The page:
One of my bosses shared this short essay with me a few weeks ago. She didn’t know where she had read the essay but had kept it for many years. I was really inspired by the essay, it is just so beautiful what a little of education can do not only to a person but also the community. I think it easy to take education for granted especially when you live in a country like the US, where basic education is accessible to all (I know this is not as simple as I stated but that’s another post). I looked up Chameli Waiba and found a few articles on her. She is one truly amazing person and I wanted to share her story. You can read more about her here.
The Magic Of Letters
I believe in the alphabet, because it has the power to change life.
I realized the power concealed in the alphabet on the very first day I joined the adult literacy class. For the first time, I was introduced to letters that stood for my name. In discovering the Nepali alphabet, I discovered I was Cha-me-li and not Cha-mi-li, as everyone used to call me. It felt like magic. A little loop of “e” for “i” changed my name!
If three letters could change my name, how much would I be able to transform my life if I understood all the letters? I spent that whole evening writing and rewriting my name. After that, I carried the spelling book with me while I went to collect firewood, weed the maize field, just everywhere, until I learned to write.
Before learning how to write, my life was like the nearby Indrasarovar Lake, always stagnant. I had the pain of child marriage, my husband did not support me, abject poverty was my way of life and I didn’t have any skill or courage to do anything. But I saw that the number of people learning to read and write was growing — and their lives were improving. I then realized it was neither wealth nor beauty that I lacked, but letters.
As my new knowledge of words boosted my confidence and courage, I made a resolution: Yes, my life has been like this, but I and my sisters and brothers should be given education, as much as we would like.
The immediate obstacle to this was the Tasar River. The village school was on the other side of the river and children would be cut off from going to school during monsoon season. I wanted to erect a bridge over the river. In the beginning the villagers did not help. Some even mocked the idea, saying it was only for me and called the idea, “Chameli Bridge.” But finally we got support, materials were collected, volunteer laborers were available and the bridge was finally constructed.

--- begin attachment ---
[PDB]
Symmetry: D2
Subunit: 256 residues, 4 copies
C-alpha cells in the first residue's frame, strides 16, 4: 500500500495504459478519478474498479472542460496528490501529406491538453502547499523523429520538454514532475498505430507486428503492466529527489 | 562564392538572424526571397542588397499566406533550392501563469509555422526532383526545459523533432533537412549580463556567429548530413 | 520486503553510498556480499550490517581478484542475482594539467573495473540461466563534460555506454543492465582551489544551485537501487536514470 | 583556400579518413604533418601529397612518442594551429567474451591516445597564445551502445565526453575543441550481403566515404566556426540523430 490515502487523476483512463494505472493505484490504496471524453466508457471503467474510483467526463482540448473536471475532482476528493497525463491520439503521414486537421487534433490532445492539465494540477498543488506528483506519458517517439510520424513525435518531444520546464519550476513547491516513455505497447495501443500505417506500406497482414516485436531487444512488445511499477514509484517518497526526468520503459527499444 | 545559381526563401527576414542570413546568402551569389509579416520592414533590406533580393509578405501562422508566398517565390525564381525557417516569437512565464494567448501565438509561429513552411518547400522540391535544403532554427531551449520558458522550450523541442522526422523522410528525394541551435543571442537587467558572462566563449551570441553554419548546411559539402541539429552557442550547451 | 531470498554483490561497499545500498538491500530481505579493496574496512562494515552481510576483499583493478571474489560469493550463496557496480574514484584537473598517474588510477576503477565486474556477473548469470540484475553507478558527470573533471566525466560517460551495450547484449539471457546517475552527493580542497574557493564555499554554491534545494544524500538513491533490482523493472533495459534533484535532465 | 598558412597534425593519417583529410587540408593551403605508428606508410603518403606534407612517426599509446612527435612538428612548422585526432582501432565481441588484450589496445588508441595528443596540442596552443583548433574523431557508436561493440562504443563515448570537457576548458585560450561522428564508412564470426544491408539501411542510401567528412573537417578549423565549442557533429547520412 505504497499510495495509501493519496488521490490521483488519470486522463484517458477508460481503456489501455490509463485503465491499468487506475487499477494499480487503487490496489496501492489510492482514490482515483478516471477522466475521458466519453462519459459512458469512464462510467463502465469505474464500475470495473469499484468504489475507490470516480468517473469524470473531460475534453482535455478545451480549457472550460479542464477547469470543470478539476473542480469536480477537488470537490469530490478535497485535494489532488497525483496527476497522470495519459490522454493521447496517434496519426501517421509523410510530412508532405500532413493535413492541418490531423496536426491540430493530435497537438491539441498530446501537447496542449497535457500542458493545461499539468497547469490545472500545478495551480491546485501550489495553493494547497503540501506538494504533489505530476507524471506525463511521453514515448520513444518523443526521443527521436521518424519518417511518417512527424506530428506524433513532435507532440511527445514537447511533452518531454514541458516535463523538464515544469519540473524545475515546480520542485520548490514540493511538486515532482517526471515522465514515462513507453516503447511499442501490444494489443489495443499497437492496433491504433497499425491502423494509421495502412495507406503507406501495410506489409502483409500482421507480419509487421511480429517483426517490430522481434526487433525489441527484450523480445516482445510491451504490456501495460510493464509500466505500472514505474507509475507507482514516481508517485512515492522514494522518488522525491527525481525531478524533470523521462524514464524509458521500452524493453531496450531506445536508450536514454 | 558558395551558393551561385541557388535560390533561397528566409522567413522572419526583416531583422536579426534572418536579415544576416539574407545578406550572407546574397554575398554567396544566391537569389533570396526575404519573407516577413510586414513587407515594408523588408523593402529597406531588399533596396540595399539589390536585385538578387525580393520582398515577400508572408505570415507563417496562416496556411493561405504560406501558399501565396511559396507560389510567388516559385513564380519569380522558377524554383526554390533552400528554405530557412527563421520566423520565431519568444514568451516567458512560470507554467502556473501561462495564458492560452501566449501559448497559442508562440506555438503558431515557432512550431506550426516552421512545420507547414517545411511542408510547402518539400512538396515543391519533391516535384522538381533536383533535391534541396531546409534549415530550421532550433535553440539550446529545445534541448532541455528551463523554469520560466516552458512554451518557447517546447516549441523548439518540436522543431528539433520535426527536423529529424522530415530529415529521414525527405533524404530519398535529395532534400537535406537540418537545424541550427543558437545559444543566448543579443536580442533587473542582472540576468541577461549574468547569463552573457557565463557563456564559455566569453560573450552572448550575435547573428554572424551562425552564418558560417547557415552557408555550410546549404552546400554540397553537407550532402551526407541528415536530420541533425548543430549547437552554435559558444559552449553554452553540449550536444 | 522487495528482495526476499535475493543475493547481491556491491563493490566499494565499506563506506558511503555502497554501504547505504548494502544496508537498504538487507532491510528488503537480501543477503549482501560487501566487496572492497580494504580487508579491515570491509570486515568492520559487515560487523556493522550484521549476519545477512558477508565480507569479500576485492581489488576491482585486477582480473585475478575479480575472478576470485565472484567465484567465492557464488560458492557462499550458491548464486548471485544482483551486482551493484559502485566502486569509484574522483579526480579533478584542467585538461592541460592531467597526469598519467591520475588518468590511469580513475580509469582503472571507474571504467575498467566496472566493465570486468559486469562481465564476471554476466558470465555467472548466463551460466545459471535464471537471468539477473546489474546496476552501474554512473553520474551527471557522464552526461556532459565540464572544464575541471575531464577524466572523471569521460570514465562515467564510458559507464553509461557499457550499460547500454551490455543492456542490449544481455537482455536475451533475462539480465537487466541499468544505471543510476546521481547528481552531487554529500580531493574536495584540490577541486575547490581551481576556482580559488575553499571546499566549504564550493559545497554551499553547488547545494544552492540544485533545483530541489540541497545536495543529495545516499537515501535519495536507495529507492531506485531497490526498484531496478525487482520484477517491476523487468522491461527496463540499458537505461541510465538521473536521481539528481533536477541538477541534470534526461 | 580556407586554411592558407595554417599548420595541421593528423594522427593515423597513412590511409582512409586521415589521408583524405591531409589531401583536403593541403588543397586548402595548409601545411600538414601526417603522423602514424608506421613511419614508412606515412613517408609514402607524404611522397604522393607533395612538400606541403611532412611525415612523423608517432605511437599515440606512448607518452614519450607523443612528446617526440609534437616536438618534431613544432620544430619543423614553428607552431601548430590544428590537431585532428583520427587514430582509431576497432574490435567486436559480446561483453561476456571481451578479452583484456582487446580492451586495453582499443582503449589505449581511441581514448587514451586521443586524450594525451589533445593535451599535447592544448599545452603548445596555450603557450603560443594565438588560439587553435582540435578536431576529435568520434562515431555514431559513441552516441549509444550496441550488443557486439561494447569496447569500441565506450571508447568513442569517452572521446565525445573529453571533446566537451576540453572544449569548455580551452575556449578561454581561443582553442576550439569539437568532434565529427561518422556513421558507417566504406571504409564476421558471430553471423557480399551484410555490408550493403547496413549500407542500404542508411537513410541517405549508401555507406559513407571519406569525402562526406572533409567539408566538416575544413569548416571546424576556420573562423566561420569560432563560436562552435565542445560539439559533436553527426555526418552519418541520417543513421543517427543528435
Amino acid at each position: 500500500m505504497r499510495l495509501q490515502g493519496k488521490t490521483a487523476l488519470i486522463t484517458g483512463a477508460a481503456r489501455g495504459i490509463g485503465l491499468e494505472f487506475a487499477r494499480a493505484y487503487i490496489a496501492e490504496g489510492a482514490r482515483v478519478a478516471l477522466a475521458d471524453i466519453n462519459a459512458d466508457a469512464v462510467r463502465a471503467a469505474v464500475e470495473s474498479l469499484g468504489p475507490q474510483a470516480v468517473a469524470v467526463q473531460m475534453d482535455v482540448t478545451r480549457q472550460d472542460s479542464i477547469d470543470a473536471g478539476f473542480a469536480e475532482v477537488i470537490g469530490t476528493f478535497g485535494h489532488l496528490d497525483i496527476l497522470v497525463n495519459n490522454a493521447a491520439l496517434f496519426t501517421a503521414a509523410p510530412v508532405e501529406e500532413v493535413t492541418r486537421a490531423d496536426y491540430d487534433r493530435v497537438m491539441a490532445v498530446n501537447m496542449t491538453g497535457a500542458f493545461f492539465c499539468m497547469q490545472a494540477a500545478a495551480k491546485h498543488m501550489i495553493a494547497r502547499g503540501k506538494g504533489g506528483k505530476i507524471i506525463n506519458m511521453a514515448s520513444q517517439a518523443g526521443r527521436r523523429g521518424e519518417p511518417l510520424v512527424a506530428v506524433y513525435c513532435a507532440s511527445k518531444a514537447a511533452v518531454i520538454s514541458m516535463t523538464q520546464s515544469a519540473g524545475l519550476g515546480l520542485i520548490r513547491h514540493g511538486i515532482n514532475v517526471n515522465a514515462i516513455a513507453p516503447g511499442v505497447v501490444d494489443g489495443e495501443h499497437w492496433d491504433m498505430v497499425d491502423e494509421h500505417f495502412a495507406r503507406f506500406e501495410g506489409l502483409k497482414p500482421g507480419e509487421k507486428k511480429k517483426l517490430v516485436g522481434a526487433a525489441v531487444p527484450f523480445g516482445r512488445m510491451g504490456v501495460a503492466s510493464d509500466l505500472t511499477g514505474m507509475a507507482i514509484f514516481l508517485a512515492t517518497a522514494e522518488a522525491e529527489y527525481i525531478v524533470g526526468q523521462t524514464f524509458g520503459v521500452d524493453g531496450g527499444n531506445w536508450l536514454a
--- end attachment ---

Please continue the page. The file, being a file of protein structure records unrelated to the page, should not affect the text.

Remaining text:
Now I cannot express my satisfaction seeing children running to school over that bridge. It is a bridge of iron, a bridge of letters, a bridge of community. Nothing is achieved without the cooperation of all.
I am now heading five women’s microsaving groups. Ten or 20 rupees that used to be spent buying petty cosmetic items have been collected into a fund of 300,000 rupees. We are planning to open a small cooperative in the village soon. We also want to run permanent literacy classes for women and open a library.
All this is the result of my knowing the alphabet, even though I learned it late. Letters have immense power. They have magic. The greatest thing in the world is the alphabet. That is my belief.
We all know that education is important for women especially those living in poor countries. Almost all aid organizations emphasizes how a family and community can change for the better if more women had access. According to this survey, 57% of the Nepali adult population (15 years+) is literate, less than 50% of adult women are literate. There are huge gaps amongst rural and urban residents when it comes to education, however, most of Nepal’s population live in rural areas.
So my question is, what can we do that hasn’t already been done to increase access to education, especially adult women who have never been to school or left at a young age? I know that are many programs and non profits dedicated to helping younger girls but what about the mothers and grandmothers? How can we inspire them like Chameli does?